The first exchange-traded fund whose managers pick its stocks is making its debut Monday.
Unlike other ETFs, which mainly track indexes, the “actively managed” Grail American Beacon Large Cap Value ETF will be comprised of names that the ETF’s managers choose based on research aimed at finding good, cheap stocks.
A few other ETFs bill their portfolios as “actively managed,” meaning the stocks aren’t bought simply because they mirror those in an index such as the Standard & Poor’s 500-stock index. But in those actively managed ETFs, offered by Invesco Ltd.’s PowerShares Capital Management LLC, managers buy stocks based on computer models.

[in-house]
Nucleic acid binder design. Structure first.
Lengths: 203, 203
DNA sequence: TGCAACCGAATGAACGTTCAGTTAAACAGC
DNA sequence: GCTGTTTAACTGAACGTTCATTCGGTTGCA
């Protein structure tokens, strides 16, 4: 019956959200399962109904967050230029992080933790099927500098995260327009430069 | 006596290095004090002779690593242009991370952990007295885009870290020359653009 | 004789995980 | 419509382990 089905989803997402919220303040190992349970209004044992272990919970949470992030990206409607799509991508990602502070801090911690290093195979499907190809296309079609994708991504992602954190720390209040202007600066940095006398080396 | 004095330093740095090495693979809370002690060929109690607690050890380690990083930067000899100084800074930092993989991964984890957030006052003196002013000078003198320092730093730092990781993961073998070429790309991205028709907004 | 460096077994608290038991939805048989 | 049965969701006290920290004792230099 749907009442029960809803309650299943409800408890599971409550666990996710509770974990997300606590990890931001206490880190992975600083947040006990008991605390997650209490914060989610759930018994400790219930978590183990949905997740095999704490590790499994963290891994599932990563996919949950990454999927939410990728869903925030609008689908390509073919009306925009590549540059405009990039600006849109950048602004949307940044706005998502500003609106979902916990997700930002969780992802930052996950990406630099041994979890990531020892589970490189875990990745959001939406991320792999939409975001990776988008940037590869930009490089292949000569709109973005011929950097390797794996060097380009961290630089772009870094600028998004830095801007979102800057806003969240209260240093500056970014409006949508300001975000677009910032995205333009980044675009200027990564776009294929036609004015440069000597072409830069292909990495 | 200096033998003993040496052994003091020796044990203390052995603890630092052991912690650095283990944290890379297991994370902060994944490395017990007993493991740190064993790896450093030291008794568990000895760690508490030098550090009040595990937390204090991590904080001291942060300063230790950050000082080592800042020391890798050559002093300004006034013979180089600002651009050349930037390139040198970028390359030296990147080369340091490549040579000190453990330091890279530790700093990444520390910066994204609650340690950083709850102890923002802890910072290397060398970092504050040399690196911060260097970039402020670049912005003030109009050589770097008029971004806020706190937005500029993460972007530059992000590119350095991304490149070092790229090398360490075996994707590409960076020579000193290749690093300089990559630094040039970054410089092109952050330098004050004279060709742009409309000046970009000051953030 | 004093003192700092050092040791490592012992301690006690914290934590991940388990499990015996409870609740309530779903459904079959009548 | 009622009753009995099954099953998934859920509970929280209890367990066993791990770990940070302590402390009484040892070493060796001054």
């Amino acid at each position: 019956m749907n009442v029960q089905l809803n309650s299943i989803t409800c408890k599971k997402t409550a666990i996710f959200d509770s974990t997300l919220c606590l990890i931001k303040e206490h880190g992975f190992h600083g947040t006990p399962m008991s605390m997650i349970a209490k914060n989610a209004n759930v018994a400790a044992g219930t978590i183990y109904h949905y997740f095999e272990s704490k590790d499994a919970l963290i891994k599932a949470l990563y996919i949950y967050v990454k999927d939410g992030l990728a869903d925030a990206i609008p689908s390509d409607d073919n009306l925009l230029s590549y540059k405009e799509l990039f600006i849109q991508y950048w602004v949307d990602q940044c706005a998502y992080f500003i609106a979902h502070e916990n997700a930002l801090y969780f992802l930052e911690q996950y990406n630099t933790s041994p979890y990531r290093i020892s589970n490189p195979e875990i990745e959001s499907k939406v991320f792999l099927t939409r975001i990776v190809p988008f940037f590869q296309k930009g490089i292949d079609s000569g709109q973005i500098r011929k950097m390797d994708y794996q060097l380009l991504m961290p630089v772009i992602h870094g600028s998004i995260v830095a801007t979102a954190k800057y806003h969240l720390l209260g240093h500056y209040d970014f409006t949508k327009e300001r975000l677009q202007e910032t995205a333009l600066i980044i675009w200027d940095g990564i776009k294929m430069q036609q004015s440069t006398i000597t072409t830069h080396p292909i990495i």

Grail’s ETF mark “the next step in the ETF evolution,” says William Thomas, chief executive of Grail Advisors LLC, a unit of San Francisco merchant bank Grail Partners LLC. ETFs are bundles of securities that are traded on exchanges throughout the day, unlike conventional mutual funds. Unlike closed-end funds, which also are traded on exchanges but are sold by a firm only during the initial public offering, ETFs are offered to investors continuously.
The Grail ETF will charge fees of 0.79% of assets, compared with the 1.4% fee for a typical stock mutual fund, according to fund tracker Morningstar Inc.
Full Story: http://online.wsj.com/article/SB124139049911081389.html